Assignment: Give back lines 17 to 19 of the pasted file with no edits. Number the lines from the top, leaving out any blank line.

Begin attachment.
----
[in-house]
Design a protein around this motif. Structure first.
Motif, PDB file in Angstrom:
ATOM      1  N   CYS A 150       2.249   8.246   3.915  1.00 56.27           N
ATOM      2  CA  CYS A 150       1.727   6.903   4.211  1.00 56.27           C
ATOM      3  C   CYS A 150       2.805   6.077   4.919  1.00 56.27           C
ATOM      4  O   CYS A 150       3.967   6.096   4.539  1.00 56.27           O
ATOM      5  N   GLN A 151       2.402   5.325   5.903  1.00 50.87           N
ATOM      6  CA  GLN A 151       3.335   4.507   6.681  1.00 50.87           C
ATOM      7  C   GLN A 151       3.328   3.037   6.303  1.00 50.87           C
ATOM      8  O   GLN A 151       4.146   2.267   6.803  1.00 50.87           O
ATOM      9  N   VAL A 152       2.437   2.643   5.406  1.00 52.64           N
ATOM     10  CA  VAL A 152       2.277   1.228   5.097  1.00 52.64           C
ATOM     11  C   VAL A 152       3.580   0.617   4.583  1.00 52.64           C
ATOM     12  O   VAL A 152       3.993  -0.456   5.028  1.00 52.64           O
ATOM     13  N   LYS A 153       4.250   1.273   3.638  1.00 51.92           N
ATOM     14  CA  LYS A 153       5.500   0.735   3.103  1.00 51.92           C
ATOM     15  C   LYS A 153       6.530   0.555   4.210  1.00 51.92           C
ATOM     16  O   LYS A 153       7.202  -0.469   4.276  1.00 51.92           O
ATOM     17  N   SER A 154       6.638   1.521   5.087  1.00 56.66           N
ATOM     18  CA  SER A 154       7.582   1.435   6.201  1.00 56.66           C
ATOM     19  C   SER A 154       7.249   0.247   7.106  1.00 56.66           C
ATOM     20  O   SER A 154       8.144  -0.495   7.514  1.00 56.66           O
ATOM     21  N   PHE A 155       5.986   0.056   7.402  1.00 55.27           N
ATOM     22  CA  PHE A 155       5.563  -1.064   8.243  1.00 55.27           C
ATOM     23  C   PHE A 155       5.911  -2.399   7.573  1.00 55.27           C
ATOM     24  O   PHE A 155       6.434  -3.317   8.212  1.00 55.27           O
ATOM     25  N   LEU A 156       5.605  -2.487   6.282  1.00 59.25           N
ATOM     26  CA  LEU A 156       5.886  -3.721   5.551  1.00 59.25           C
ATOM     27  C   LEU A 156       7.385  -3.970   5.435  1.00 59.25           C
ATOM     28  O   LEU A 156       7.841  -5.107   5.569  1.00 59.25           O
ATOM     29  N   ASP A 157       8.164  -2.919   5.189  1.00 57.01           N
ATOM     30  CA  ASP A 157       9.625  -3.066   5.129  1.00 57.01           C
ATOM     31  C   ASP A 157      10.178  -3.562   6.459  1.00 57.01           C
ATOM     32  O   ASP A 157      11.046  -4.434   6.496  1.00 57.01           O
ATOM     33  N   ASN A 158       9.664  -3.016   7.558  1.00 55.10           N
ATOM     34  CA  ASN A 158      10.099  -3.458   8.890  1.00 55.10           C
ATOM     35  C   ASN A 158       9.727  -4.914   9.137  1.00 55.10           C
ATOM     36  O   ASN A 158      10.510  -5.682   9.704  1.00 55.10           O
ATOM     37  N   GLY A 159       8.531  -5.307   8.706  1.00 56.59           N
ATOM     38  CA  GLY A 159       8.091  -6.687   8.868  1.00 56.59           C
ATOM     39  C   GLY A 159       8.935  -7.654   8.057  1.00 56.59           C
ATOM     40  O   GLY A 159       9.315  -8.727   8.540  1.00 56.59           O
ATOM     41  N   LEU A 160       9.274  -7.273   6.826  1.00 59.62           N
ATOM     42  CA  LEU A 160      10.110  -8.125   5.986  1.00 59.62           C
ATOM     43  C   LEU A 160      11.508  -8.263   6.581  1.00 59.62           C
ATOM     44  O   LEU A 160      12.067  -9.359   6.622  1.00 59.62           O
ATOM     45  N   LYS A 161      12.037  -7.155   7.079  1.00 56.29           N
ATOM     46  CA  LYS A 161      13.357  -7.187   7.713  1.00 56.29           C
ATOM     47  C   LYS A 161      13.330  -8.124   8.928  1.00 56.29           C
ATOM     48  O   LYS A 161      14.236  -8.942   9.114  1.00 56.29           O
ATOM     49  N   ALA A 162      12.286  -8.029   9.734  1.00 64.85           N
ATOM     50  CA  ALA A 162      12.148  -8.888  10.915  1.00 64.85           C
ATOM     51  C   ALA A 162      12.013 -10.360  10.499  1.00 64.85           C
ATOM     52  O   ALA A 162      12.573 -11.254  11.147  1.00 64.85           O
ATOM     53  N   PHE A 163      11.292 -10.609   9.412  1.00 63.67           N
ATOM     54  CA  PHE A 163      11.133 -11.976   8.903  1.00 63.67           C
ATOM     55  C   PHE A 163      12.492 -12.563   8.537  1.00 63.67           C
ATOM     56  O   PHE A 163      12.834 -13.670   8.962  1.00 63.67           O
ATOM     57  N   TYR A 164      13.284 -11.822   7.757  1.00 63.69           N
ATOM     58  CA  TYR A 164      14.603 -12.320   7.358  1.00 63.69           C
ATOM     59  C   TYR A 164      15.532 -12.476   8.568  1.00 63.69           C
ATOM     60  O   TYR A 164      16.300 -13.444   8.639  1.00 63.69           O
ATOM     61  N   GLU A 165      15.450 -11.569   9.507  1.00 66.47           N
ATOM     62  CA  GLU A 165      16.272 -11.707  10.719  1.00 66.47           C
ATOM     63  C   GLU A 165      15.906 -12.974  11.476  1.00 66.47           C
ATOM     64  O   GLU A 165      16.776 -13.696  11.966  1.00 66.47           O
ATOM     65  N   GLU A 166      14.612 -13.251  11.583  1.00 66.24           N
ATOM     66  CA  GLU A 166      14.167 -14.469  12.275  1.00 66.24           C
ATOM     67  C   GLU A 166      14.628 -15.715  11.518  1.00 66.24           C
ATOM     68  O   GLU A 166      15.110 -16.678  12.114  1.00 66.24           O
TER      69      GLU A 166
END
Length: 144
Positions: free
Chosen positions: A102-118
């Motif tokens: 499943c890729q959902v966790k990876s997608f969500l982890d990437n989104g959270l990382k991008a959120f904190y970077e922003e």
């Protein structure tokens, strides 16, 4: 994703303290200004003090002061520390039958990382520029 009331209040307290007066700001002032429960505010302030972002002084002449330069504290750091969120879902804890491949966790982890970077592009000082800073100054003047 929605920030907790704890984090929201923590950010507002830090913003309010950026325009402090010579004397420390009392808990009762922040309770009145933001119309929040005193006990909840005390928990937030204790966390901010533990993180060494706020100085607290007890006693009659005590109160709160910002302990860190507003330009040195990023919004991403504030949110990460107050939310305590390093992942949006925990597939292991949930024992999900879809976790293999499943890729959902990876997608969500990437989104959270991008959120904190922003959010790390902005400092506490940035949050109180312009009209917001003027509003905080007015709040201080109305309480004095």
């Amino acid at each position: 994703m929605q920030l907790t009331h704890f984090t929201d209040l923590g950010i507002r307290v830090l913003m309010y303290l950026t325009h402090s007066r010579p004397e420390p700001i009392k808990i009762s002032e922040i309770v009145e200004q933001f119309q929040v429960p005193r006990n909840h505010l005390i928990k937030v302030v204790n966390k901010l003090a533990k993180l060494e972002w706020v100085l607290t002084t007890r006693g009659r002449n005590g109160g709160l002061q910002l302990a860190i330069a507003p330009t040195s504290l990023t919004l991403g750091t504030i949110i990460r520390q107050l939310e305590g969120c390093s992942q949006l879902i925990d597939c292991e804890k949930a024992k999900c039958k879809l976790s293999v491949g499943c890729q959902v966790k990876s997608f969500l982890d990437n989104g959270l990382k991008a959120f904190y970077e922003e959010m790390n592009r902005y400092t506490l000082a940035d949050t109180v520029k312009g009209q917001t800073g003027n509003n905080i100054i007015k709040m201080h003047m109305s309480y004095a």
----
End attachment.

ATOM     14  CA  LYS A 153       5.500   0.735   3.103  1.00 51.92           C
ATOM     15  C   LYS A 153       6.530   0.555   4.210  1.00 51.92           C
ATOM     16  O   LYS A 153       7.202  -0.469   4.276  1.00 51.92           O